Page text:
Movie set of Montalbano, a book
By Pasquale Bellia
Scicli - Cinema may rightly be considered a “guiding” art form for Italy, as were the opera during Romanticism and architecture during the Renaissance. Italy is a land of cinema, and Italian film has always been loved and appreciated by directors from all around the world.
Sicily is a land of myth, art and culture. Unblemished nature, a land lost in the Mediterranean. Sicily is a place where different cultures and traditions meet, it is its people. Sicily has always been a “natural film set”. Films, directors and actors have carried this land on screens all over the world. To represent a landscape, to see it, means in a certain sense to possess it. It is well-known how, especially in Italian painting, the first frescoes of landscapes or cities had the symbolic function of representing dominion. In other words, what was being presented, both in secular and religious representation, was the symbol of a possession with the purpose of legitimising it before society. To see is both a form of control and a way of being.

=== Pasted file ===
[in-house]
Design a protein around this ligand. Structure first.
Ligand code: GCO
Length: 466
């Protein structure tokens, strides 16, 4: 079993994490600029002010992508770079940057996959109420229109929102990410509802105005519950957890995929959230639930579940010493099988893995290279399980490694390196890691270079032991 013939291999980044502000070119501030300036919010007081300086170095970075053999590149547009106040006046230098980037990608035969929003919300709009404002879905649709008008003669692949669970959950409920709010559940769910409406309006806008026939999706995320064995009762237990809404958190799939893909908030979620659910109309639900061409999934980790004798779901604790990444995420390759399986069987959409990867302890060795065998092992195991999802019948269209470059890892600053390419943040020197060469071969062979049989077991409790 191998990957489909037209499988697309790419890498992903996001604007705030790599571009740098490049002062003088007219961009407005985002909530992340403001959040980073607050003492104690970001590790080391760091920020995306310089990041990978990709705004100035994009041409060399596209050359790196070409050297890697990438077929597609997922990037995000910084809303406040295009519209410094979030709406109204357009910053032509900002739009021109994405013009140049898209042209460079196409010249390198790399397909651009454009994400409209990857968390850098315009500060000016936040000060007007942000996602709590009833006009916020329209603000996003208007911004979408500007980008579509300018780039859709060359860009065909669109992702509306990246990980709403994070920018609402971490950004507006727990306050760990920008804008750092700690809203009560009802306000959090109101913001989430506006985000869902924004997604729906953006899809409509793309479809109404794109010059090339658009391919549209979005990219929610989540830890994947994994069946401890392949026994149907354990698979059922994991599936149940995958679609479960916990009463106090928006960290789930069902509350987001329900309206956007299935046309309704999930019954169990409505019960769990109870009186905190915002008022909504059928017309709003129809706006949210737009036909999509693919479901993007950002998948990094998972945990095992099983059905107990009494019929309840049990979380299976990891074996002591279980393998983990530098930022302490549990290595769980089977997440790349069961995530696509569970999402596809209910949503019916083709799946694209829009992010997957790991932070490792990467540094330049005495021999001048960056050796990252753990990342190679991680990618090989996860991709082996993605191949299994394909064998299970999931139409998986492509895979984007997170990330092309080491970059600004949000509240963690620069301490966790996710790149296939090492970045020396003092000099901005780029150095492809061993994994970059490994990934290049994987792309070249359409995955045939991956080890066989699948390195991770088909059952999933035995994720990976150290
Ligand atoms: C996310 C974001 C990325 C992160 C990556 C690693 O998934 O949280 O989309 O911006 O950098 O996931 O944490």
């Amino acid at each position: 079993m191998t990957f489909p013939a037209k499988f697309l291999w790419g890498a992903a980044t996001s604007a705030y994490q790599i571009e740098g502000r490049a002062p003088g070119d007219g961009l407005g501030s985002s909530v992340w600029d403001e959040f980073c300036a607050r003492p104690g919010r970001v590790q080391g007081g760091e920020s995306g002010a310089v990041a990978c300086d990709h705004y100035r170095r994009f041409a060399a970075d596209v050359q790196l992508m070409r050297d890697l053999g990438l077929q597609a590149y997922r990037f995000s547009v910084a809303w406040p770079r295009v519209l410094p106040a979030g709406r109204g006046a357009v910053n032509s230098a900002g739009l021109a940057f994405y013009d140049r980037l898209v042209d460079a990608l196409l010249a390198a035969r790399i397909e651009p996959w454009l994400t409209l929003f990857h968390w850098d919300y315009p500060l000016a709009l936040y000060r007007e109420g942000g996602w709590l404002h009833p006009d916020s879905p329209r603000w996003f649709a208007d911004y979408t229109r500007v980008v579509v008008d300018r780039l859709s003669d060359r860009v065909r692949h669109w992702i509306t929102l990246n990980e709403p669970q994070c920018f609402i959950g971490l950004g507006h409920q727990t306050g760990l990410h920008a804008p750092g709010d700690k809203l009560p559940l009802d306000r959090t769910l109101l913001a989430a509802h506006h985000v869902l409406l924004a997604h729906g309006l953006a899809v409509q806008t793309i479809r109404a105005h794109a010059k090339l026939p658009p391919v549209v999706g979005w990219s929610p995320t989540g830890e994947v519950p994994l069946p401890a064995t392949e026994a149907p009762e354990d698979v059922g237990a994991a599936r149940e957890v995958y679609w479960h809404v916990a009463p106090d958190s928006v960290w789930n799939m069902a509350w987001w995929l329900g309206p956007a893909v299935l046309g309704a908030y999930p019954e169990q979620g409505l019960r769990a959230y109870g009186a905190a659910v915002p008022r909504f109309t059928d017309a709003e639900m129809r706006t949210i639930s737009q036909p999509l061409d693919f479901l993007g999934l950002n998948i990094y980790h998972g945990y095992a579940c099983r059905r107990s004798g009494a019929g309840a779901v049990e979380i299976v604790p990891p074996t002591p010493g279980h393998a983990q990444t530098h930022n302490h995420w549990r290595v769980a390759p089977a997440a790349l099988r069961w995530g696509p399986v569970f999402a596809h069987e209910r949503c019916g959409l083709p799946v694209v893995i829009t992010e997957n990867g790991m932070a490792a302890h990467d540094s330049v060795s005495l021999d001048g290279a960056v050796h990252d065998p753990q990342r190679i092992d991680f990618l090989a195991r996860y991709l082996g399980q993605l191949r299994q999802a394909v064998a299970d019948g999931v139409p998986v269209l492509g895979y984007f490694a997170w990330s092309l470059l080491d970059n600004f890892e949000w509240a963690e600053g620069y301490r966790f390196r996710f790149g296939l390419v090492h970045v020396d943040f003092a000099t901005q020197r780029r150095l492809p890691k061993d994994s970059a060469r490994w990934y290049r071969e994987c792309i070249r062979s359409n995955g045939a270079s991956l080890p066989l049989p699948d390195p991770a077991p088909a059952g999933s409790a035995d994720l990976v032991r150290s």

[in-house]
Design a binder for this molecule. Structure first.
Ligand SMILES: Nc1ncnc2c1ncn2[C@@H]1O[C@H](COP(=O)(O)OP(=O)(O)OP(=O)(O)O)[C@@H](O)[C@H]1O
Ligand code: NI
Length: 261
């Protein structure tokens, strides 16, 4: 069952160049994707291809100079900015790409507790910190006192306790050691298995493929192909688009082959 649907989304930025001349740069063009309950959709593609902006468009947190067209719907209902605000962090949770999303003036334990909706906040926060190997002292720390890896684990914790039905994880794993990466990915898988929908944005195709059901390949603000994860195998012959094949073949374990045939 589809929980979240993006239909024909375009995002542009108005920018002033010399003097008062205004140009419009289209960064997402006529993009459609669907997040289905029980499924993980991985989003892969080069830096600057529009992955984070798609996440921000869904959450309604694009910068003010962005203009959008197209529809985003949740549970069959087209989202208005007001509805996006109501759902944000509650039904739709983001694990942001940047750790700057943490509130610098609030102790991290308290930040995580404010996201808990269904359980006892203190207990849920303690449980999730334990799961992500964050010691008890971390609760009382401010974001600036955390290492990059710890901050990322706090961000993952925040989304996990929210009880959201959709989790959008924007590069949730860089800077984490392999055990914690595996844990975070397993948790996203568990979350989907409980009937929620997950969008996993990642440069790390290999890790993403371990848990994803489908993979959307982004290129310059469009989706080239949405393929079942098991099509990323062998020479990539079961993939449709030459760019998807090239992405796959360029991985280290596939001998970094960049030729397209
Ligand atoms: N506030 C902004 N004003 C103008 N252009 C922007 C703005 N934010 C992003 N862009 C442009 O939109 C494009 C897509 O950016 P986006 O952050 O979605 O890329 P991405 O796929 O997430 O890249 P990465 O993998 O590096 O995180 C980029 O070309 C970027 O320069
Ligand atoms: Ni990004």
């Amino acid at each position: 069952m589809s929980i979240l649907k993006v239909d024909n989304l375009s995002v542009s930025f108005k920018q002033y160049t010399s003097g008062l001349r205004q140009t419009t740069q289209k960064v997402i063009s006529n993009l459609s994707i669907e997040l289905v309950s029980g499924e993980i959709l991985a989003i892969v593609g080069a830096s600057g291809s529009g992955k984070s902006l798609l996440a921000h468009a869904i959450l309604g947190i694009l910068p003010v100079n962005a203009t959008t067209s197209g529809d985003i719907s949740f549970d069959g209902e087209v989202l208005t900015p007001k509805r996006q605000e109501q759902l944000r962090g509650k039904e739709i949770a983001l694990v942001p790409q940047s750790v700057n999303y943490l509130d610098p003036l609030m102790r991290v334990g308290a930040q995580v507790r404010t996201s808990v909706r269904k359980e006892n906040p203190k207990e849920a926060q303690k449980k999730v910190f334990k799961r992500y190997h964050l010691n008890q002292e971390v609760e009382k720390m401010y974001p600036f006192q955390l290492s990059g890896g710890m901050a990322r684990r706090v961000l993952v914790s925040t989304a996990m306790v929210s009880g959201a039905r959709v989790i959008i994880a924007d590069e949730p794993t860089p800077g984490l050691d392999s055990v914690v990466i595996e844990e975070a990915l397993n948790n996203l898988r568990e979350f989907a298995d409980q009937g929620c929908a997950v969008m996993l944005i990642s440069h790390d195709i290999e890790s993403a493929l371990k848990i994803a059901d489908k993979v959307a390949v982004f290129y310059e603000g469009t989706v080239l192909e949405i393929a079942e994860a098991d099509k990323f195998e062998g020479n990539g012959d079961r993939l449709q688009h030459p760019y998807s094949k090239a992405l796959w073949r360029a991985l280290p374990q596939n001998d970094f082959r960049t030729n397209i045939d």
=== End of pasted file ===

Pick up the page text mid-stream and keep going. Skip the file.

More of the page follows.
From this premise derives the idea of an inventory of the places shown in the films featuring Montalbano, and of a specific place in particular: Fornace Penna di Contrada Pisciotto.
This book is, in fact, for the use and information of the visitors to a specific building. In it are told the events surrounding its conception, the hopes and the labour involved, the destruction and its ultimate abandonment.
The editorial work thus derives from the evidence of a wide public success and interest for the places surrounding Ibla, chosen as the territorial environment for the filming of Montalbano's adventures. The text accompanies the visitor in the understanding of the places and of their history. The transposition into television of Andrea Camilleri's novels, which began in 1998, was widely successful, to the point of becoming a media sensation. One of the best products of European fiction of the past few years, capable of making both critics and public agree, and of deserving, together with the books, international recognition.
Ediz. Ellj Nolbia. Traslation by Lorenzo Bellia.